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How social media can influence high-stakes business decisions

Kim S. Nash | Sept. 30, 2014
Social media is more than just amassing likes. Companies are using advanced social techniques to rehabilitate corporate reputations, uncover ideas for breakthrough products, and figure out what competitors are up to.

Last year, Wells Fargo opened a social media command center in San Francisco, with a secondary center in Charlotte, N.C. Two more Wells Fargo employees in the Philippines monitor the action after the West Coast shuts down for the night. In the San Francisco office, marketing and customer service staff sit in front of eight monitors, assigned to follow different channels. Legal, compliance and special "social care bankers" are on call in case any complicated customer situations or crises arise.

Every morning, the team walks through its planned posts to assess them against events in world news and the financial services industry, as well as news specific to Wells Fargo, Brown says, to avoid "the wrong voice if there's a tragedy somewhere."

From the command center, the bank executes proactive strategies, such as Twitter and Facebook posts during the FIFA World Cup this summer. Wells Fargo sponsors the Mexican National Team, in part to reach Hispanic customers and potential customers. The bank responded in real time during popular matches, posting pictures of players and cheering for teams. The work garnered 8 million responses, such as retweets, in the course of three major games, Brown says.

Just as important as real-time marketing is having the right timing and tone when responding to controversy. In March, Wells Fargo faced a surprise online assault regarding a branch in New Mexico. An American flag had been thumbtacked to a wall there for several months. When a property manager mentioned to the bank manager that the flag could be displayed more appropriately, it was removed. A few days later, the flag was hung on a pole near the entrance. In the interim, a local TV station aired a story in which a customer alleged that other customers had pressured the bank to take down the flag, implying that Wells Fargo had bowed to anti-American sentiment.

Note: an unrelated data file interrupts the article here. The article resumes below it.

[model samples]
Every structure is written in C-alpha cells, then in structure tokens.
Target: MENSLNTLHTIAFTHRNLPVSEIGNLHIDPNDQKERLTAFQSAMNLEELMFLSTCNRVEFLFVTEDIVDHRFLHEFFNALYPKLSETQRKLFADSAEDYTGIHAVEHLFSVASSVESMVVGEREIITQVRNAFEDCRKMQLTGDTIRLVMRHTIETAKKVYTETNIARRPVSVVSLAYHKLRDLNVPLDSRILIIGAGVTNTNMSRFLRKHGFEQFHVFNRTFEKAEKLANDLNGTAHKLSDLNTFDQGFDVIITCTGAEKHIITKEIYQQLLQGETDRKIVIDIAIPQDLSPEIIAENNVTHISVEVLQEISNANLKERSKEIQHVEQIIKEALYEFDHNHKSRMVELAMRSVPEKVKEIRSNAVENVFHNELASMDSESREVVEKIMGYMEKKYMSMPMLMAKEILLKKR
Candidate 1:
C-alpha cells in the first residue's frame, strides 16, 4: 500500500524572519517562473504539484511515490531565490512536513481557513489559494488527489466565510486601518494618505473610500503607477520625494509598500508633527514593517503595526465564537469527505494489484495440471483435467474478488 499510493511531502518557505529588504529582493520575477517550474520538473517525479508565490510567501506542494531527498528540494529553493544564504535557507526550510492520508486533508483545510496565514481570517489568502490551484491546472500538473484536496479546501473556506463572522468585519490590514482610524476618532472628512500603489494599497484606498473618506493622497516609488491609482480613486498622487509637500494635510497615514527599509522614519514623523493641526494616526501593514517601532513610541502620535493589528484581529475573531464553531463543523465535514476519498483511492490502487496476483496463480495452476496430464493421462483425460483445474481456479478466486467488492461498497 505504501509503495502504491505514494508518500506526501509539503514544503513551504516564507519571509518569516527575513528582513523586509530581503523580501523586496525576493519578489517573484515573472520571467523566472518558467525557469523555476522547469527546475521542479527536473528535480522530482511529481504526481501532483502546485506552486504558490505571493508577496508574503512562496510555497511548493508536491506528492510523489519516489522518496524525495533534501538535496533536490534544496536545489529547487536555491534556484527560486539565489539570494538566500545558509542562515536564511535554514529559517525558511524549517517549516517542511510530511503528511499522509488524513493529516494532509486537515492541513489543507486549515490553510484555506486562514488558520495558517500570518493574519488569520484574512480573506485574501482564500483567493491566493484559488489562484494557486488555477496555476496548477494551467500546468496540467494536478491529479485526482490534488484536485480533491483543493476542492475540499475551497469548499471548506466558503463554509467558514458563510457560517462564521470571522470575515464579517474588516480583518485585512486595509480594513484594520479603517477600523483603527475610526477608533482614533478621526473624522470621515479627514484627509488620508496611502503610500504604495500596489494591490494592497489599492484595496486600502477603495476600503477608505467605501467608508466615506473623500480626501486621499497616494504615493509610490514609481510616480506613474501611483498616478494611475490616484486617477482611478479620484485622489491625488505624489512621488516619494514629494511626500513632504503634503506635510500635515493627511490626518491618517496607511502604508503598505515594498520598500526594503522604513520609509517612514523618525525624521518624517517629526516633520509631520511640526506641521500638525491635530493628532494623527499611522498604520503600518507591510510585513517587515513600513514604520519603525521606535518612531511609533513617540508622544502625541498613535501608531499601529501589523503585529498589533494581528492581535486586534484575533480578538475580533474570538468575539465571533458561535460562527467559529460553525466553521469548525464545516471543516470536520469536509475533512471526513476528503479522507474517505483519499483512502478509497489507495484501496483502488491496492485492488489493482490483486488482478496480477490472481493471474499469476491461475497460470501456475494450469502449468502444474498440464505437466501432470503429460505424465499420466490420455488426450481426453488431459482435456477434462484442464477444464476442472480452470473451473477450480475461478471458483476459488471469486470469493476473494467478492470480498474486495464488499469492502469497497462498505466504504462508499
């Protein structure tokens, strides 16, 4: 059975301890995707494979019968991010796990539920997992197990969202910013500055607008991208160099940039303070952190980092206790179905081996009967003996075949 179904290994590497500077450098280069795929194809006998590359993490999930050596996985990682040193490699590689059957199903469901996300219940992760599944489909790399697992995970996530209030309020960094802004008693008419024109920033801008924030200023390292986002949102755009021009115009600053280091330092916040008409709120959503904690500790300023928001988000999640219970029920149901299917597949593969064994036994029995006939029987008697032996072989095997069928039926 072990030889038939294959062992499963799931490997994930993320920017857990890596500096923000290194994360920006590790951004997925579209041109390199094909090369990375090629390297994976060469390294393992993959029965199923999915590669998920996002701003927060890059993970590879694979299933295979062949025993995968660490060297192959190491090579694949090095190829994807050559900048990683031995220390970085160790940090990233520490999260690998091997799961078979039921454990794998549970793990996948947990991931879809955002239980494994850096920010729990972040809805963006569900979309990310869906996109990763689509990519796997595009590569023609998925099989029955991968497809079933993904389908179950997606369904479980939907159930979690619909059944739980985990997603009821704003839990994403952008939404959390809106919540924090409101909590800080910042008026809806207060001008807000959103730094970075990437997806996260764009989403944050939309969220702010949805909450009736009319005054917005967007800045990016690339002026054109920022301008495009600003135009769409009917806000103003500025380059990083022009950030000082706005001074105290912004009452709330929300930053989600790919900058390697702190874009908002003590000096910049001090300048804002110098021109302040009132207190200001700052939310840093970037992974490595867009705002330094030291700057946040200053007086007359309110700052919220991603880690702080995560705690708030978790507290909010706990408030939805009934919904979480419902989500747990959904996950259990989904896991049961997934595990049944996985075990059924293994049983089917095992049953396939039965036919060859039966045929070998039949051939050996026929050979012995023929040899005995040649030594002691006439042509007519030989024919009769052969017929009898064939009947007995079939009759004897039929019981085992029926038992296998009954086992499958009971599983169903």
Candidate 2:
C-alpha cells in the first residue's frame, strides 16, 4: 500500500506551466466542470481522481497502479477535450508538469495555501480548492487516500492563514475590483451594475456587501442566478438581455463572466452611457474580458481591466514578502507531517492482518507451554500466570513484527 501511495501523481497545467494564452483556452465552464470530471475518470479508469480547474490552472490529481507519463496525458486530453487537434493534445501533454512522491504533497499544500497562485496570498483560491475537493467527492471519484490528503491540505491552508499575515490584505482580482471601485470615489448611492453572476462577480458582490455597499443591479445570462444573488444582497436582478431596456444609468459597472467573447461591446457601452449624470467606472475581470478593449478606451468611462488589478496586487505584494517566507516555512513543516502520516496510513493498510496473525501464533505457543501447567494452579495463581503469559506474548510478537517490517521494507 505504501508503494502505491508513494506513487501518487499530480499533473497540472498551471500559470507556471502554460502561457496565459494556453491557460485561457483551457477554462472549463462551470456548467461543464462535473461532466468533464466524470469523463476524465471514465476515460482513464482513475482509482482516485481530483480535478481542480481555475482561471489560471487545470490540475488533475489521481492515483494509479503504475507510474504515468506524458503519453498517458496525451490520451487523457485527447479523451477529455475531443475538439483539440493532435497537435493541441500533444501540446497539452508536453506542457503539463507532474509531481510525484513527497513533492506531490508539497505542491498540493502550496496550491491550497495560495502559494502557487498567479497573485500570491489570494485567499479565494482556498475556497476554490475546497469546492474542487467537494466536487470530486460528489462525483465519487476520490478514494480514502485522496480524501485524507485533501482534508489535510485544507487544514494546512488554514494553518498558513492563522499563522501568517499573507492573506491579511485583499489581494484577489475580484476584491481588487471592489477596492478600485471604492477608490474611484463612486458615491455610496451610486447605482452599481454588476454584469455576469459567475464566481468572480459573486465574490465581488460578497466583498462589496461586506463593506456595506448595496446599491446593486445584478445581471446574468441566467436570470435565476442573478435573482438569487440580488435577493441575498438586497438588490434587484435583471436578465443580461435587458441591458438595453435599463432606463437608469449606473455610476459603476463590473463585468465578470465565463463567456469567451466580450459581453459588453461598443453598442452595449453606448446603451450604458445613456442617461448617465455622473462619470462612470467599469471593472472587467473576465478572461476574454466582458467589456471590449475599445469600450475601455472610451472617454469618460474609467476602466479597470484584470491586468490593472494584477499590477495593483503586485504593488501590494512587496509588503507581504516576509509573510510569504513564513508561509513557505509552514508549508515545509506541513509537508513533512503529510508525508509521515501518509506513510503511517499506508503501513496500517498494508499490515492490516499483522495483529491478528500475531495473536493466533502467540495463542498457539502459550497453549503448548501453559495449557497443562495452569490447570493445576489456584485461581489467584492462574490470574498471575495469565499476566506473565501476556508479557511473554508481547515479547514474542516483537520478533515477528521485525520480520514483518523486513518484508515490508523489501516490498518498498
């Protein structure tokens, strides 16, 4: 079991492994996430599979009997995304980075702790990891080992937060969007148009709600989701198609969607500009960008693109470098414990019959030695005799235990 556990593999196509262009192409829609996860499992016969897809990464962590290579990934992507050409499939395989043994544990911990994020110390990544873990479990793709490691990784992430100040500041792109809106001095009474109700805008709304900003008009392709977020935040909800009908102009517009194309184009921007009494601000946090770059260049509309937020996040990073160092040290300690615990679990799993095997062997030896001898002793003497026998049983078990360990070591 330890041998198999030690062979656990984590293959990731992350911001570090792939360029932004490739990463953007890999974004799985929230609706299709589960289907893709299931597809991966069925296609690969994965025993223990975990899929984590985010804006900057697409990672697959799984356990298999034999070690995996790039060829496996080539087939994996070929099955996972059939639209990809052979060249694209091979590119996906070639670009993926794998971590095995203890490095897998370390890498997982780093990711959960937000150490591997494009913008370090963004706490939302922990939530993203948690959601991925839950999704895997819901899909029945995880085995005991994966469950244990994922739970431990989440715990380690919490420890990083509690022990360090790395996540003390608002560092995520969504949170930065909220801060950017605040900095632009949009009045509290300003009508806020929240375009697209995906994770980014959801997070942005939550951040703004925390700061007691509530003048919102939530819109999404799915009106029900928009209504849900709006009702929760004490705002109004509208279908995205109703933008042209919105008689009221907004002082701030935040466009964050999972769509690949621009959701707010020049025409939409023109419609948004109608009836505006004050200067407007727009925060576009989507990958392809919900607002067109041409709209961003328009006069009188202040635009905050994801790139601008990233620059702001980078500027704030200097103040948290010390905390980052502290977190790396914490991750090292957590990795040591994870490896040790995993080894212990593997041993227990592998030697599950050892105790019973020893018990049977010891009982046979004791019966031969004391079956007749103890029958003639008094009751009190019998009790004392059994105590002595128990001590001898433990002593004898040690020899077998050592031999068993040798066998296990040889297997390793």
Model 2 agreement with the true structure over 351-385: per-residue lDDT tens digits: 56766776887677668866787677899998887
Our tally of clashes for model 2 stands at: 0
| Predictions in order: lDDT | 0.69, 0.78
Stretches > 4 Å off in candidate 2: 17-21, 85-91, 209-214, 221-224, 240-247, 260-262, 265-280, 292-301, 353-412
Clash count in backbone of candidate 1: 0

Conservative websites and blogs soon joined the fray, some saying Wells Fargo had banned the U.S. flag and others calling for customers to drop their accounts. Many simply copied and pasted errant stories from other sites, generating comments from followers outraged at the bank.

"A symbol like the American flag takes off in a news cycle," Brown says. "It was such an inaccurate story that it made it tough for us not to sound defensive." But the bank had to address the controversy. In a Facebook post, Wells Fargo said, in part, "We have standards of how to display the flag with the appropriate respect. In this case, we made a simple change to adhere more closely to those standards."

Even events outside the bank's control put its social media team on alert. After the Target data breach, for example, Wells Fargo customers on social media were concerned about passwords and whether their debit cards were linked to their Target accounts. Wells Fargo decided not to issue statements because the worries weren't widespread. Always, the team has to consider when to respond to social media activity and when not to, Brown says. "We have to be both transparent and accurate and not oversharing or undersharing."

 

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